Back to the Bison Case Study Part II

Year

After the Confederated Salish Kootenai Tribes (CSKT) made the decision to work towards signing a management agreement, they began discussions with United States Fish and Wildlife Service (USFWS) in 1994 to pursue the co-management and joint operation of the National Bison Range Complex (NBRC) which includes the National Bison Range plus additional wetland refuge areas. They will implement this strategy under the provisions of the Self-Governance Act Amendments of 1994 (including the Tribal Self-Governance Act of 1994) that allows tribes that demonstrate capability and a geographic, historic and cultural connection to a federal area to negotiate for the management of specific projects listed in the National Register. CSKT argued that they demonstrated excellent abilities in contracting for and managing tribal and federal programs and in natural resources. They felt strongly they could substantiate an unarguable geographic, historic and cultural connection to most of the NBRC, including the Bison Range, and the ancillary Ninepipes and Pablo Refuges as part of the Complex. But the Tribes met with continued resistance...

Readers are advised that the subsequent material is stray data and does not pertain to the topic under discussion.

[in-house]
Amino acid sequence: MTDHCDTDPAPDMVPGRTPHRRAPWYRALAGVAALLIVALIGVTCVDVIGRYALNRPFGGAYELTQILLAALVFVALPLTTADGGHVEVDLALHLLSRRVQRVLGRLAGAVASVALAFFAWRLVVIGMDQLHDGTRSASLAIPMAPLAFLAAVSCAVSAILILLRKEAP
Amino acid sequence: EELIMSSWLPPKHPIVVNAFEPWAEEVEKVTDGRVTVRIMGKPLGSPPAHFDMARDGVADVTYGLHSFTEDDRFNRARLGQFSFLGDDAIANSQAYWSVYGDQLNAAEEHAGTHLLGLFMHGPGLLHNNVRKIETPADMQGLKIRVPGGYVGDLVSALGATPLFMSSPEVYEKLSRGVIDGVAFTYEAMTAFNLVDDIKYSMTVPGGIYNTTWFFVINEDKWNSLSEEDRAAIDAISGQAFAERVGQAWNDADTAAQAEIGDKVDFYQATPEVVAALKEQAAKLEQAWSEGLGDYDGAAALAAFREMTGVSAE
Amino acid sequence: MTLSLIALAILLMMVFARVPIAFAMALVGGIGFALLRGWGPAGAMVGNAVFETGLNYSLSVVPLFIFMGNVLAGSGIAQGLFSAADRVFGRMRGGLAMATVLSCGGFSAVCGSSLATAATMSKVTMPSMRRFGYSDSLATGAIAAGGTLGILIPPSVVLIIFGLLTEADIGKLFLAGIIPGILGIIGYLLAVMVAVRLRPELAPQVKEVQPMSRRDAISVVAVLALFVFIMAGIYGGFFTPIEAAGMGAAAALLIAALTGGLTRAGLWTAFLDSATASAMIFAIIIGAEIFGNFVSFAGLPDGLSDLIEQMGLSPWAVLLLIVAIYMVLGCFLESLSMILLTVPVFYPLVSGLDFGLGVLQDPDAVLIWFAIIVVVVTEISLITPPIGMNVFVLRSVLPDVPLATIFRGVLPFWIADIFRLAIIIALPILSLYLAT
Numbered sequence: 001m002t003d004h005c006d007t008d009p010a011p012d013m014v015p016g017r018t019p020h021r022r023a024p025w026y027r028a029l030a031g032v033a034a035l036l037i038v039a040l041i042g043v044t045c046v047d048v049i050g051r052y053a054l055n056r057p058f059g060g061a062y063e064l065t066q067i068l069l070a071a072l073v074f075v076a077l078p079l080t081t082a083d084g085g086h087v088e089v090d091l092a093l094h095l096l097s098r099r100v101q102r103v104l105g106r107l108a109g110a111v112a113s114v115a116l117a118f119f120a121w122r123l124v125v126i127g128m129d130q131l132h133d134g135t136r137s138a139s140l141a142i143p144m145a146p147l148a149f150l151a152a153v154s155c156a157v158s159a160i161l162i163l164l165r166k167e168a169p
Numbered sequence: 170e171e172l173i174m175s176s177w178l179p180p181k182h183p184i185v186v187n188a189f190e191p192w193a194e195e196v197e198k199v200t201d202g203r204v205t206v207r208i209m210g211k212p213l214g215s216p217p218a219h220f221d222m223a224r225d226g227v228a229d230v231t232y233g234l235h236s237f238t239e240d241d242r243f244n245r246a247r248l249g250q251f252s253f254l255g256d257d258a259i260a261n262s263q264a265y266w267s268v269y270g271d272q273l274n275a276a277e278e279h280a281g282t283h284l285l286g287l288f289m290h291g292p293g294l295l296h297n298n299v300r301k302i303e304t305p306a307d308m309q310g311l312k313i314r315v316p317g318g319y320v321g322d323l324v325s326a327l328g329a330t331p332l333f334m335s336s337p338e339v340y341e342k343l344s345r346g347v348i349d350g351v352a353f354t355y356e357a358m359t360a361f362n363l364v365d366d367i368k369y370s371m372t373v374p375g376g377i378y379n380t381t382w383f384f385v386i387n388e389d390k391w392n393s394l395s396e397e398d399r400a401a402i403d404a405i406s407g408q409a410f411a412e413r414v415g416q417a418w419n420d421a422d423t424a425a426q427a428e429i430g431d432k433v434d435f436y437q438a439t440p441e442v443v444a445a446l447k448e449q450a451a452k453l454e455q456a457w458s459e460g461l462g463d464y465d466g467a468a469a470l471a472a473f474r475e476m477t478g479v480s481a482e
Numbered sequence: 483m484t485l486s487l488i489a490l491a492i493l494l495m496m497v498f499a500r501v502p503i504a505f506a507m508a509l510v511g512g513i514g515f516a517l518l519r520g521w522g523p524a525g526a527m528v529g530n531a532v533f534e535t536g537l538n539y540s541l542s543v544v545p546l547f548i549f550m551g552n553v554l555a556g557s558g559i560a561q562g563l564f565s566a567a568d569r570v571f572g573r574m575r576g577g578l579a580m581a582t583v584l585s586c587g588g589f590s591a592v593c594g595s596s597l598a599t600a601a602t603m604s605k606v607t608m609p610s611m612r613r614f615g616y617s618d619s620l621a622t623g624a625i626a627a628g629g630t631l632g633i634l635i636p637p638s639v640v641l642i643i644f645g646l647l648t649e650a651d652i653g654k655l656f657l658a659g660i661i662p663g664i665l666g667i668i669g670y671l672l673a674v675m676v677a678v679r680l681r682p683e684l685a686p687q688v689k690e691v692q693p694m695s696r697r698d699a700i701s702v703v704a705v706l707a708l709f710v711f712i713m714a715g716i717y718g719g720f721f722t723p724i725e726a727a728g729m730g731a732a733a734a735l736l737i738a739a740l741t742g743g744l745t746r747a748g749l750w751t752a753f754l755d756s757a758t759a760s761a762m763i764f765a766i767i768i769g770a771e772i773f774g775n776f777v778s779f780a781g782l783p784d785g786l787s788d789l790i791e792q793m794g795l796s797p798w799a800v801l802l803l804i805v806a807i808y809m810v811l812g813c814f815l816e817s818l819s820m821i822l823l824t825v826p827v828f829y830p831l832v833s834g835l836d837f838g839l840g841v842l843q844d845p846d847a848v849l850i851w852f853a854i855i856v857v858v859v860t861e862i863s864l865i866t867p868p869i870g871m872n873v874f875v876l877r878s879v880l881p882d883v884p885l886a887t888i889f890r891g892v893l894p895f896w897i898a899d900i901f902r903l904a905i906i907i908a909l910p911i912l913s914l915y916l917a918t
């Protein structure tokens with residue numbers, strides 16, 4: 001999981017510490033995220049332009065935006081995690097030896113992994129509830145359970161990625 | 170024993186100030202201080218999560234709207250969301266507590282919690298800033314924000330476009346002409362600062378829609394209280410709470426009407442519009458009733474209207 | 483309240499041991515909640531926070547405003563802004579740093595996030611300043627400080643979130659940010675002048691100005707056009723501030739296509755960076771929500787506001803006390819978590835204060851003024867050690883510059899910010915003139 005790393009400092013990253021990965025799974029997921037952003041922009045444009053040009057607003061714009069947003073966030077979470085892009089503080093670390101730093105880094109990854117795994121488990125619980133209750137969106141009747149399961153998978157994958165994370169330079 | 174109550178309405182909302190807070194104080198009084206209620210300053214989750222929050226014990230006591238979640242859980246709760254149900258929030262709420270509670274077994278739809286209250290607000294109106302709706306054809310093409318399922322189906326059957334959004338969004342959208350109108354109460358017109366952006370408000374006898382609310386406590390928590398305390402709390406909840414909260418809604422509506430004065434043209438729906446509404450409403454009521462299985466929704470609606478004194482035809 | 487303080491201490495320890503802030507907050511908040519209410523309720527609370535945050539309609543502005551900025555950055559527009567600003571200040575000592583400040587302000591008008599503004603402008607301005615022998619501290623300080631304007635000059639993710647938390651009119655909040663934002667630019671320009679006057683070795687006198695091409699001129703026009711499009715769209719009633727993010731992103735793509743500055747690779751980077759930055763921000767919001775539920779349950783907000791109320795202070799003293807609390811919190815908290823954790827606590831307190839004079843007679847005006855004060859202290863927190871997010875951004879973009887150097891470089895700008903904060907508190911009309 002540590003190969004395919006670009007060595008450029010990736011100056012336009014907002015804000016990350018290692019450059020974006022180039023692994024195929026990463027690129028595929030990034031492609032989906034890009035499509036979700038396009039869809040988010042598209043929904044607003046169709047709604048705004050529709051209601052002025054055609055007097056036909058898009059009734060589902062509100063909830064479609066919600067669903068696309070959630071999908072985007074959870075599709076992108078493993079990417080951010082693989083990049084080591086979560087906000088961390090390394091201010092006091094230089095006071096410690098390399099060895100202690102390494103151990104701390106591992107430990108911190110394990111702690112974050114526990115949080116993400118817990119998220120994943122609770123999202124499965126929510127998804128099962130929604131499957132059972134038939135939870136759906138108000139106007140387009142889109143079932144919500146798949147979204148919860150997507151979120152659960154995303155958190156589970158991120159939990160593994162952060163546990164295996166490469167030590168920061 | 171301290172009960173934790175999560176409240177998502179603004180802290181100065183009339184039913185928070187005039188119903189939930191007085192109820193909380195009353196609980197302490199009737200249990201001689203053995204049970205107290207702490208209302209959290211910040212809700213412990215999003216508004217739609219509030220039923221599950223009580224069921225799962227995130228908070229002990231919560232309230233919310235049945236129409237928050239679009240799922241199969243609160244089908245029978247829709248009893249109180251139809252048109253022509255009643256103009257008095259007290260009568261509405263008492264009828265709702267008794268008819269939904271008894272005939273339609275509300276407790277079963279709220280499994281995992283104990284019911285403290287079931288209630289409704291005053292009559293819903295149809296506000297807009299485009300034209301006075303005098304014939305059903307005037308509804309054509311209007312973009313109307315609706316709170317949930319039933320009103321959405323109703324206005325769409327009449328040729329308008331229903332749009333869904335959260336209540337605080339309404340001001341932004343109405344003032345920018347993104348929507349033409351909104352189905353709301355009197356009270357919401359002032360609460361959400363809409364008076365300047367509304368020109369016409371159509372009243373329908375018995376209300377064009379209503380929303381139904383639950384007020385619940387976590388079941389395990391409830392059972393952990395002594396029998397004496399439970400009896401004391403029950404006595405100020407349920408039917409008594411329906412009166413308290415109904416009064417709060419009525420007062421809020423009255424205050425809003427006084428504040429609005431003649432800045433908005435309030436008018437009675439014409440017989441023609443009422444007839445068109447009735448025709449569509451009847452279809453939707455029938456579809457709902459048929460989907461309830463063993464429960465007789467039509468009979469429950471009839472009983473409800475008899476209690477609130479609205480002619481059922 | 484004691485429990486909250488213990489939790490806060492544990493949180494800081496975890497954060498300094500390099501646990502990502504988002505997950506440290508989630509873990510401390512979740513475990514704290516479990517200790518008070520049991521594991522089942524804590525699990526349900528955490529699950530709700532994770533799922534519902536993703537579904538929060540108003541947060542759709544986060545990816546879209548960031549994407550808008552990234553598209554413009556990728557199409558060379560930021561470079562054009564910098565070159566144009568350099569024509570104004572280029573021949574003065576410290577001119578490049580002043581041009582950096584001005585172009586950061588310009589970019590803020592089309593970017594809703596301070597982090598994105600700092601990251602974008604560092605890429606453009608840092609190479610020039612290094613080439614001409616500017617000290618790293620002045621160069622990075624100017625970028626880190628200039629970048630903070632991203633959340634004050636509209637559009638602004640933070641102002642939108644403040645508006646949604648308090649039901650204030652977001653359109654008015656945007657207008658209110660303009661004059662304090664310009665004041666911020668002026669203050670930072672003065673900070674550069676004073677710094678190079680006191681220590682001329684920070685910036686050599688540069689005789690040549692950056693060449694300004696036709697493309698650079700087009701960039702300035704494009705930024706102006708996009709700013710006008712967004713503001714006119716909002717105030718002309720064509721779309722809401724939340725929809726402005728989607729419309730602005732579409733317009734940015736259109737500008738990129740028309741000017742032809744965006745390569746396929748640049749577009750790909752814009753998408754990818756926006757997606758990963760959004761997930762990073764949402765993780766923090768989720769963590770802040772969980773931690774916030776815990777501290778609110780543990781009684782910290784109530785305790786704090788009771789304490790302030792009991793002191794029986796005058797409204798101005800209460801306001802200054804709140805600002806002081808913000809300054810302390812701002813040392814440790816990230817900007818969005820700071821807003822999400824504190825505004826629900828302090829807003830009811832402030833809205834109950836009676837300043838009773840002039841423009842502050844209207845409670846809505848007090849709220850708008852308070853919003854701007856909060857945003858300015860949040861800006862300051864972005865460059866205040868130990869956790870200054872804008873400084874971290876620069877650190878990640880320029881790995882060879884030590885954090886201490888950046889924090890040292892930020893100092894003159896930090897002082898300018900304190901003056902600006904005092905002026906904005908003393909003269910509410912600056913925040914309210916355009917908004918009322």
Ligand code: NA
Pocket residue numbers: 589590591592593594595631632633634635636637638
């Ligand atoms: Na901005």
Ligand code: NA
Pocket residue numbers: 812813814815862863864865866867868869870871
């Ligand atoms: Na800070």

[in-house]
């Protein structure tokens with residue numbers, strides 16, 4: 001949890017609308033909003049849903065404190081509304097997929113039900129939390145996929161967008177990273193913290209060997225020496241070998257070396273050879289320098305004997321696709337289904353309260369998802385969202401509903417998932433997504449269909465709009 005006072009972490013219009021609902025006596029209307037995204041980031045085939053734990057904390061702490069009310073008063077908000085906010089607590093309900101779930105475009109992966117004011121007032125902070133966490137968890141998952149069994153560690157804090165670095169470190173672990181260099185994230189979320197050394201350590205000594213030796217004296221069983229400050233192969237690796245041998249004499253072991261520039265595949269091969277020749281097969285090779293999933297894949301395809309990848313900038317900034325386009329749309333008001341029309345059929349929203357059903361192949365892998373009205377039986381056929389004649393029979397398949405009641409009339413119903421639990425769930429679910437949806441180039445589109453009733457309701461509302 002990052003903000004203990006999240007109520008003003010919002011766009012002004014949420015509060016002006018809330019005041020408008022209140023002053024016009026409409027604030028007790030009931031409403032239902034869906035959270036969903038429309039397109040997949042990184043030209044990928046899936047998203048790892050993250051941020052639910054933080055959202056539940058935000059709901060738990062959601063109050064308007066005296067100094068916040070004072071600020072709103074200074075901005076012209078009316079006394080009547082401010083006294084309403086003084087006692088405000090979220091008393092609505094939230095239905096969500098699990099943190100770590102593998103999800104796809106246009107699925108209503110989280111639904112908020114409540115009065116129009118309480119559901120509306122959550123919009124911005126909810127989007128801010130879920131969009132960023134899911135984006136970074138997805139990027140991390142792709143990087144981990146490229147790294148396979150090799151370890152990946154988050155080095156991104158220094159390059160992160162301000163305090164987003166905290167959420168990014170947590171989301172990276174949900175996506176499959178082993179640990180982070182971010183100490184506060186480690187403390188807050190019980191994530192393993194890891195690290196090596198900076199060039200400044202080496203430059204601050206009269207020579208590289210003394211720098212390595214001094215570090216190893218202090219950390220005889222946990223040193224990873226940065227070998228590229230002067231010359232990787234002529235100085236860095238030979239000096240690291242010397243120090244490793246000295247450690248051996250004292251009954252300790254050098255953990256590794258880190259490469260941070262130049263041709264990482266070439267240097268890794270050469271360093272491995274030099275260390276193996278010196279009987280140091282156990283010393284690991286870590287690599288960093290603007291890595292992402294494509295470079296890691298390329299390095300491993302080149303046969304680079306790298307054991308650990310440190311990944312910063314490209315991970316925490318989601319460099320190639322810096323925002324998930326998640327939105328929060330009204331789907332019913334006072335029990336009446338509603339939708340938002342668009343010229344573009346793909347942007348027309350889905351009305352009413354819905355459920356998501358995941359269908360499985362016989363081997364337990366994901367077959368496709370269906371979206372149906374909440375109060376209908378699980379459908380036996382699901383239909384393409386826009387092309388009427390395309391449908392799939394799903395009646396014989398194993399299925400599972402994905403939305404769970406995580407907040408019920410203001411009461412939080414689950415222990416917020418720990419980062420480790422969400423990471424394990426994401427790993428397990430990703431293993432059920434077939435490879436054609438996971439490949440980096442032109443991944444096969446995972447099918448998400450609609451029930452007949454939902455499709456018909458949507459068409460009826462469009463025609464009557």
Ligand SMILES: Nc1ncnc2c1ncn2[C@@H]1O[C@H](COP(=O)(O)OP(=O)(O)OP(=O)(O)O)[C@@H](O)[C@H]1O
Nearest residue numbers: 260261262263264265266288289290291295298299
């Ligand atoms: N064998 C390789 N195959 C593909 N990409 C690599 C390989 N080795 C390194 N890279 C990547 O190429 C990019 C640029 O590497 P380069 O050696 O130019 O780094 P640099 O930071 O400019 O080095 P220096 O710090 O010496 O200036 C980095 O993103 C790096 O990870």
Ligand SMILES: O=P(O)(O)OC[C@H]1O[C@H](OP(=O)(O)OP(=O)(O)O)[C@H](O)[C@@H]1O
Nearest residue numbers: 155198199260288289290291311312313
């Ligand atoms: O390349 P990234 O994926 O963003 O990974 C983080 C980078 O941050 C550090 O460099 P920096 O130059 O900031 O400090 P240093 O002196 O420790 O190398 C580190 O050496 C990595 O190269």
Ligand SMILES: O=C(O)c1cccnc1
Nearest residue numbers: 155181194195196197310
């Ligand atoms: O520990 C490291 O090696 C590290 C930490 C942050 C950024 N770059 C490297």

Citation

Stumpff, Linda Moon. "Back to the Bison Case Study Part II." Enduring Legacies Native Cases Initiative, The Evergreen State College. Olympia, Washington. 2010. Teaching Case Study. (http://nativecases.evergreen.edu/collection/cases/back-to-the-bison.html, accessed February 15, 2013)

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Back to the Bison Case Study Part I

Thirty years after taking over the reins of forestry, recreation, wildlife and other natural resource operations on their reservation lands, the Confederated Salish and Kootenai Tribes (CSKT) established a reputation for environmental leadership in wildlife, wilderness, recreation and co-management…